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Montana-made Luke Fennelly sprinting into first head coaching job at MSU Billings

Posted at 4:18 PM, Apr 12, 2023

BILLINGS — When he first got into coaching, Luke Fennelly set a goal: To be the head of his own NCAA program by age 33.

"I was one year off, so I failed," joked the 34-year-old Fennelly, who on April 6 was named the successor to the retiring Mick Durham as Montana State Billings men's basketball coach. "But no, I'm extremely fortunate to be where I'm at and at this great university as well."

Fennelly, who grew up in the Flathead Valley and is a 2007 graduate of Whitefish High School, takes over an MSUB program coming off its first 20-win season in 17 years and its first berth in the NCAA Division II West Regional since 2012.

He also takes over for a Montana coaching treasure in Durham, who announced his retirement in March after 41 years on the bench, including 30 as a head coach in stops at Shepherd High School, Montana State (his alma mater), Alaska Fairbanks and finally MSUB.

In all, Durham accumulated 397 head coaching wins.

Fennelly, who is eagerly awaiting his first, says he will do his best to put his own stamp on the Yellowjacket program, and that starts with the core philosophies he's cultivated not only under Durham but in particular working for three separate head coaches at Montana State — Brad Huse, Brian Fish and Danny Sprinkle.

"Defensively we've been one of the top programs in the" Great Northwest Athletic Conference, Fennelly said. "That's kind of been one of my main roles, and that's certainly not going to change. We're still going to make it hard for people to score and we're going to be disruptive, and that's going to be our bread and butter.

"Offensively our style is going to be all about the skill level and talent we have in place. I would like an extremely deep team; I like playing nine, 10, 11 guys because the style I want to play is fast and free. Pace and space, so to speak, where guys are playing together. It's not so much run-and-gun, but it's pretty close."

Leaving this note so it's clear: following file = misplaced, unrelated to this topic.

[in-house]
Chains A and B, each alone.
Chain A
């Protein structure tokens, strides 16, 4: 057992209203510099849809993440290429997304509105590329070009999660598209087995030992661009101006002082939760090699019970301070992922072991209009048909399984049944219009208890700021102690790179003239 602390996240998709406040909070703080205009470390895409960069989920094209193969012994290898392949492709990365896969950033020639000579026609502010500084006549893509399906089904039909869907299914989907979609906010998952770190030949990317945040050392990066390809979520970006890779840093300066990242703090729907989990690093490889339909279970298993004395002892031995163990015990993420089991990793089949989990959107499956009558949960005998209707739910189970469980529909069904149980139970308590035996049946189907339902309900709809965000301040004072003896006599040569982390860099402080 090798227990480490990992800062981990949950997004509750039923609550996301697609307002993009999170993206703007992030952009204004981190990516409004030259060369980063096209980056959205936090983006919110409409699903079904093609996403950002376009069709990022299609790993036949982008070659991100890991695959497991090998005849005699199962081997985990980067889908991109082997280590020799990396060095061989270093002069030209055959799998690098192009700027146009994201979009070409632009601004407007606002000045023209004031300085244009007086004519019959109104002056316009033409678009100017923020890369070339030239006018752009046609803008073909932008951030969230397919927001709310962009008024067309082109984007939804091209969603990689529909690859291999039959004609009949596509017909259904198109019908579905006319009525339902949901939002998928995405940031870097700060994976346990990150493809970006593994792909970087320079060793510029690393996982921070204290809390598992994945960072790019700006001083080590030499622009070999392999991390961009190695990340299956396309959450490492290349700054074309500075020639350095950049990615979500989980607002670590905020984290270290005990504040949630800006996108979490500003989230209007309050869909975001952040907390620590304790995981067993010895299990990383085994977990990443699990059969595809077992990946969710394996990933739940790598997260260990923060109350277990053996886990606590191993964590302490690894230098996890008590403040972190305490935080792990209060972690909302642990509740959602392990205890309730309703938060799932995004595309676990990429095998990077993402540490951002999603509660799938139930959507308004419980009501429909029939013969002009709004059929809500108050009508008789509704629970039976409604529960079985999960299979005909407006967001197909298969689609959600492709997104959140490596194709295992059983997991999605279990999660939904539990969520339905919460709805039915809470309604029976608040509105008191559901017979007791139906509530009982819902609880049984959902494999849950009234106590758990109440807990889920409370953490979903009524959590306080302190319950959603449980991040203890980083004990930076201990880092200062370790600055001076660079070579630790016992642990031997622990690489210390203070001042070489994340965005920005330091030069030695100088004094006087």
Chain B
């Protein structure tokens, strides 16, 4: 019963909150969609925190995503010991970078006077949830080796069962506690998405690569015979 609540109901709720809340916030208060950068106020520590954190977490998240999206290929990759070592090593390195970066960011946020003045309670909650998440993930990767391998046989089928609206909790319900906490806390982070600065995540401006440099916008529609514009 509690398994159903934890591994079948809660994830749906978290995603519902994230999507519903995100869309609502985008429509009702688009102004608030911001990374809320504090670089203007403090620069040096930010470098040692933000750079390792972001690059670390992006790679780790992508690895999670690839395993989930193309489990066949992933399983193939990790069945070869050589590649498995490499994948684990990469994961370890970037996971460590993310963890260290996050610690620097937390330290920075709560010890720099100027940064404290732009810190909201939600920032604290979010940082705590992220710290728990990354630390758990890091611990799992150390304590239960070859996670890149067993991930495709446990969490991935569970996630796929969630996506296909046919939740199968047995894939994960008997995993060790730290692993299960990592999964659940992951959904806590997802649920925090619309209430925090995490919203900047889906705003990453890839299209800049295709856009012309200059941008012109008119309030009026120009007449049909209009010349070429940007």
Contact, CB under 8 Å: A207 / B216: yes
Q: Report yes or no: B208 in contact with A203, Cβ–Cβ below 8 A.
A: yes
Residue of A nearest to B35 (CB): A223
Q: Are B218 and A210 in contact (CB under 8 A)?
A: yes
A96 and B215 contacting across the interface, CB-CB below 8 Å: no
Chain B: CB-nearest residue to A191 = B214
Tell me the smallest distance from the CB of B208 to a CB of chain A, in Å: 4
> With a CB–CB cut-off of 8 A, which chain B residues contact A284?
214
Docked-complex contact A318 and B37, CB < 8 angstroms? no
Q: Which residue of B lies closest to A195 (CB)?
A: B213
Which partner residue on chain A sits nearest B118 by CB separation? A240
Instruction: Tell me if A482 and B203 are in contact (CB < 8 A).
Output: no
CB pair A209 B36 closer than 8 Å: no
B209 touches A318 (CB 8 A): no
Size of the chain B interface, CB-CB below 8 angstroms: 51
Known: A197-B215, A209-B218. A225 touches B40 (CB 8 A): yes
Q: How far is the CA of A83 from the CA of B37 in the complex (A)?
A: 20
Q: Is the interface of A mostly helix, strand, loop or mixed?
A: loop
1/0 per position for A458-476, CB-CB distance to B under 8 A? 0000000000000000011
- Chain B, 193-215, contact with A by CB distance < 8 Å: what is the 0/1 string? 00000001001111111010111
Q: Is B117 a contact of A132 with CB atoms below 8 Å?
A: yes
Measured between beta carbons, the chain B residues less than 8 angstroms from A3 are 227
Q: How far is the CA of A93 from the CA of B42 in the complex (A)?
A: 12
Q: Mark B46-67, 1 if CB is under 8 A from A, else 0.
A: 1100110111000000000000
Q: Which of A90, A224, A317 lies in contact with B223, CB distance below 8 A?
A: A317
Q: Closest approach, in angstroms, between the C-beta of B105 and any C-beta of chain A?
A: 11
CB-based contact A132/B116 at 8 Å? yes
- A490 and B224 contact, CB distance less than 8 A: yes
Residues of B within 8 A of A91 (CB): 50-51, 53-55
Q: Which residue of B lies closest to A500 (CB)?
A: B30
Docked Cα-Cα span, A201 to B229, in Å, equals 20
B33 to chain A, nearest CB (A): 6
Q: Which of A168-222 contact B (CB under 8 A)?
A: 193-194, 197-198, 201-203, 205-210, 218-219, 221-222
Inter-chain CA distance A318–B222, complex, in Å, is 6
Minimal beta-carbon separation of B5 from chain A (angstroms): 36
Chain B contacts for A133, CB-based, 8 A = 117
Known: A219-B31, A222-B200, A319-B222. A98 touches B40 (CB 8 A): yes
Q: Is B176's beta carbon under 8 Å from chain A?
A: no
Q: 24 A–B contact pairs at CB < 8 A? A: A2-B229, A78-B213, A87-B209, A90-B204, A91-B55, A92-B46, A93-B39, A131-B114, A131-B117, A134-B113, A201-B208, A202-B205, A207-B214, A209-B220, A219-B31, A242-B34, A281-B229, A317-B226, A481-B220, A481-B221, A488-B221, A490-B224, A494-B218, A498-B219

Notably, the Yellowjackets are saying goodbye to a pair of first-team all-league and All-West Region players in Carrington Wiggins and Bilal Shabazz. Wiggins was conference MVP and Shabazz was named it's defensive player of the year. But they do return three starters in twins Jalen and Jajuan Tot and Steven Richardson, who make up what Fennelly touted as "a strong nucleus."

Additionally, Fennelly is counting on the notion that next year's MSUB squad can continue to galvanize the local support and interest that seemed to spike during its run to the West Regional in 2022-23.

Having lived in Montana for most of his life, Fennelly knows how important brand-building can be for the state's third NCAA athletic department, which has labored to maintain visibility among the popularity of Montana and Montana State and the hyper-local flavor of the Frontier Conference institutions.

"It was a start this past year, creating some buzz," Fennelly said. "So the main objective is to grow that and be well-known throughout the state. It's a goal to someday be in the same breath as the Bobcats and the Griz. It's a long way to go and it doesn't happen over night. It's a huge objective, but you've got to create a product that creates excitement on the basketball court with great kids that Montanans can be proud of."

Fennelly will officially be appointed MSUB head coach on July 1. In a press release, Yellowjackets athletic director Michael Bazemore praised Fennelly for his work ethic and impact.

"Luke has been instrumental in the success of our program and has earned the opportunity to lead our men's basketball program," Bazemore stated. "He has a depth of experience as an assistant coach and carries with him strong references from his peers, and support from student-athletes and administrators. I am excited for Luke and look forward to supporting him in this new role."

Fennelly has paid his dues and is ready for that new beginning — he's ready to recruit, ready win and ready help build MSUB's brand as the leader of his own NCAA basketball program.

Even if it is, as Fennelly joked, a year too late.